In last week’s “treasure” post, I wrote about a day of antiquing two Saturdays ago with my friend, Donna. During that trip, we were in an antique shop that was going out of business and would only be open another week or so. As I waited in that shop for my purchase to be written up, I noticed a small leather-bound book on the desk. On the front were the words: “My Trip”. The shop manager, Pat, told me I could look at it, but added that it was “spoken for”, and a gentleman was planning to return for it.
As I glanced at the book, I found that it was a travel journal kept by a lady from Pennsylvania, and the beginning date was January 25, 1928. Every page was filled with details about her many trips. Although I would have liked to have read every word, I scanned it quickly and placed it back on the desk.
That weekend, I kept thinking about the little book. On Monday, I called the shop and spoke with Pat. I asked her to please keep my name and number and call me if the man didn’t return for the journal.
Since then, I hadn’t completely forgotten about the little journal, but when it crossed my mind, I quickly dismissed it. Surely, by now, it had been sold, and the shop had closed. Yesterday, Pat called and said that I could come get the book.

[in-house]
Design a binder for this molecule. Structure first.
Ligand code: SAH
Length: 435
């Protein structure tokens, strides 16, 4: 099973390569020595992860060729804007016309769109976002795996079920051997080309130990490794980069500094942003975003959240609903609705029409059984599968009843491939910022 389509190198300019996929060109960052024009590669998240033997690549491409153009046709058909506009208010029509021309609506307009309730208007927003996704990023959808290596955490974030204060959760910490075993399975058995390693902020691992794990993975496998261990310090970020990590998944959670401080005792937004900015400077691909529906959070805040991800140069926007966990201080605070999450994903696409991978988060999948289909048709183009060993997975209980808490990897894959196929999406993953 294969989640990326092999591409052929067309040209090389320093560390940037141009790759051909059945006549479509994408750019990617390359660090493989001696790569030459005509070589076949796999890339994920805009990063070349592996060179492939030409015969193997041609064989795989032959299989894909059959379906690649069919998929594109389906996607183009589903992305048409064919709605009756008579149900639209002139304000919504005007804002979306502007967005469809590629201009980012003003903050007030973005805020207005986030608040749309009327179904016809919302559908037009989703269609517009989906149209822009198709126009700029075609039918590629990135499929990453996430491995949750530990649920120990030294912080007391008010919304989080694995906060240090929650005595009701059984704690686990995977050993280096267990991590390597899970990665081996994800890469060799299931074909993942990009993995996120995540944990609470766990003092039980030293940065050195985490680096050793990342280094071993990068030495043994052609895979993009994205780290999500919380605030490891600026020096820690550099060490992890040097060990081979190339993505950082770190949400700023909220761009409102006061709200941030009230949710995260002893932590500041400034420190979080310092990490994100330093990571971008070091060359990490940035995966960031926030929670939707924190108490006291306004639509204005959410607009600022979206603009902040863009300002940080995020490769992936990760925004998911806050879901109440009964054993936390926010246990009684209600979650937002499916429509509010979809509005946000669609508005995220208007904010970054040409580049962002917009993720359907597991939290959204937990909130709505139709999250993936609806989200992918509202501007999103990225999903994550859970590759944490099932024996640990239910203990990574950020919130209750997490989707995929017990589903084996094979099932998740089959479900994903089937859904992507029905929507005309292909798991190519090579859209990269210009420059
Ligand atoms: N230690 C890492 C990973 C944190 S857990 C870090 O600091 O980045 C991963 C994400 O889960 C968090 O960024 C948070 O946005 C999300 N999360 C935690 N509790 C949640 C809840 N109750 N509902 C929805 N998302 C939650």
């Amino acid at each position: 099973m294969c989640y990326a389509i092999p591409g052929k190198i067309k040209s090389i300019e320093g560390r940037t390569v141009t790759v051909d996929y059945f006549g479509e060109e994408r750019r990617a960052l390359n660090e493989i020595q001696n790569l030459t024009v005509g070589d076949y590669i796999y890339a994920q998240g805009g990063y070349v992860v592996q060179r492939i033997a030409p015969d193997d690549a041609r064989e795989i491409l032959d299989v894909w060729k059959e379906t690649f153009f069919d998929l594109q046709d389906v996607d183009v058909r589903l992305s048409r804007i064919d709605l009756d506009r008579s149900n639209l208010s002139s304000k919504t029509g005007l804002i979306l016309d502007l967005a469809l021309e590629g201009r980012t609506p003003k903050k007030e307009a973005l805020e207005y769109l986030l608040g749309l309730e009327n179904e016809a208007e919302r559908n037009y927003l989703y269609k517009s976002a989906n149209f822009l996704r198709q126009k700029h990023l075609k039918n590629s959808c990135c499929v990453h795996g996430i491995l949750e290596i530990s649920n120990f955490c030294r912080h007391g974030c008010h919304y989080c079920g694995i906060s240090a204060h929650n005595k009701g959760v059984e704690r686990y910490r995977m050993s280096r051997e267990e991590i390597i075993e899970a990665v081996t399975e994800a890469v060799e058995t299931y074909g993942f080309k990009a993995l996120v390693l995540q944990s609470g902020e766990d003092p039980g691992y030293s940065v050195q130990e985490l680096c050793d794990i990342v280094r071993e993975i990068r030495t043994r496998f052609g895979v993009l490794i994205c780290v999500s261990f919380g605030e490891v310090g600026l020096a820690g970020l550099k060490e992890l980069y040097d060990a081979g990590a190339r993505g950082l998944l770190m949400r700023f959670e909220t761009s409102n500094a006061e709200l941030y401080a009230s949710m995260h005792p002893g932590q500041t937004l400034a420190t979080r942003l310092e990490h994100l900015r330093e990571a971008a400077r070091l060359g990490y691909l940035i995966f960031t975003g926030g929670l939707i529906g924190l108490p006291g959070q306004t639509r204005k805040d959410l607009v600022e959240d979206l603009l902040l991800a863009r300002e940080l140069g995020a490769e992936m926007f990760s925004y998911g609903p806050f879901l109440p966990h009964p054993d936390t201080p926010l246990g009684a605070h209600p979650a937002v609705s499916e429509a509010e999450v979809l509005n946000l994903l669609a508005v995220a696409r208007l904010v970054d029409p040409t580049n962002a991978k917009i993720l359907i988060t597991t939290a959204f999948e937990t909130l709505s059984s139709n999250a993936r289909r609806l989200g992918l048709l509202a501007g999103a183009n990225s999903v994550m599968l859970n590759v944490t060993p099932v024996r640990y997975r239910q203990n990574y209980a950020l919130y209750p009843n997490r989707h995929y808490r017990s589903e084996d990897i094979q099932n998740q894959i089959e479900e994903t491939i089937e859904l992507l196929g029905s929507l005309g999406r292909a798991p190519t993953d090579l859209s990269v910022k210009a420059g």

Here’s a sample page:
And a close-up of that page:
So I did a little internet research last night, and found this on Wikipedia:
At the request of Capt. Basil L. Rowe, the owner and chief pilot of West Indian Aerial Express (later Pan Am’s chief pilot as well) and a fellow Air Mail pioneer and advocate, in February 1928, (Charles) Lindbergh also carried a small amount of special souvenir mail between Santo Domingo, R.D., Port-au-Prince, Haiti, and Havana, Cuba in the Spirit of St. Louis.
I don’t know that I’ll ever learn more about this lady than what’s in this journal, but apparently money was no issue for her. They cruised to Bermuda, Bahamas, Trinidad, Havana, Martinique and Puerto Rico in 1928-1929. The book skips a period until 1936, when they are on a train in California. And then there’s this page:
The writer tells how they spend their days, describes the scenery, whether or not the seas are rough while they’re aboard the ship (and if any of the passengers are seasick), names movies that they see, etc.
I am simply amazed by this little journal and plan to read it front to back as soon as possible. Don’t be surprised if I share more of this treasure here in days to come.
And thank you, Pat.